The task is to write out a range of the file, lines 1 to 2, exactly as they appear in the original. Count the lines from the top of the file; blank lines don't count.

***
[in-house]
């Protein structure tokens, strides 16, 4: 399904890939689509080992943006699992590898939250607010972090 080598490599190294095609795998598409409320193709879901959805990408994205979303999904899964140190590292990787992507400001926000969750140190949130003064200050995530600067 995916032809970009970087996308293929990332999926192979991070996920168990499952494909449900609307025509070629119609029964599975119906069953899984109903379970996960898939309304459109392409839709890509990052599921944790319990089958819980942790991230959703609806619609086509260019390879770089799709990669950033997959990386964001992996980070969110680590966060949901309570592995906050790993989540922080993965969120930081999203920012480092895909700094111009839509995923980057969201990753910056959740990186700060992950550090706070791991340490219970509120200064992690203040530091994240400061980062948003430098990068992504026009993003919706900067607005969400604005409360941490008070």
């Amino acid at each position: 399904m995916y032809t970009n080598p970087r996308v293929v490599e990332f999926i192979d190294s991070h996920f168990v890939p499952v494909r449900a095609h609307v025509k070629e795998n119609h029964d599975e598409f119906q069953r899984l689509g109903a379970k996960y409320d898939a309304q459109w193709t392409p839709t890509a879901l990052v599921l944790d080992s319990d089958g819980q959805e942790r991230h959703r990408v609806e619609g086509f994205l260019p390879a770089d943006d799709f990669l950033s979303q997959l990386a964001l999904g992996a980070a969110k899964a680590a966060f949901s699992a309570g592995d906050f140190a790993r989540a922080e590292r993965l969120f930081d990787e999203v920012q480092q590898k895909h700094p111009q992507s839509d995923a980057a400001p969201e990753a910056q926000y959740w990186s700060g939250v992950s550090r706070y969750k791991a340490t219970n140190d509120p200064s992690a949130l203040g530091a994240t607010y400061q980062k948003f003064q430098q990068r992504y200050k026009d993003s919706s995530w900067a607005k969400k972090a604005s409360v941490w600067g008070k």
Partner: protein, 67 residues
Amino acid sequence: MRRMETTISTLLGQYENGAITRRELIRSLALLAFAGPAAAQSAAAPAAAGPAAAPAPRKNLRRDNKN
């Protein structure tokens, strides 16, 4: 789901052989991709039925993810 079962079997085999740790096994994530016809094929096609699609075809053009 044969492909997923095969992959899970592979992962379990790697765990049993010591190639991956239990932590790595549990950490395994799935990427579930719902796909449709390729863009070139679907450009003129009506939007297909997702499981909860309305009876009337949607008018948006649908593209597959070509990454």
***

[in-house]
């Protein structure tokens, strides 16, 4: 399904890939689509080992943006699992590898939250607010972090 080598490599190294095609795998598409409320193709879901959805990408994205979303999904899964140190590292990787992507400001926000969750140190949130003064200050995530600067 995916032809970009970087996308293929990332999926192979991070996920168990499952494909449900609307025509070629119609029964599975119906069953899984109903379970996960898939309304459109392409839709890509990052599921944790319990089958819980942790991230959703609806619609086509260019390879770089799709990669950033997959990386964001992996980070969110680590966060949901309570592995906050790993989540922080993965969120930081999203920012480092895909700094111009839509995923980057969201990753910056959740990186700060992950550090706070791991340490219970509120200064992690203040530091994240400061980062948003430098990068992504026009993003919706900067607005969400604005409360941490008070």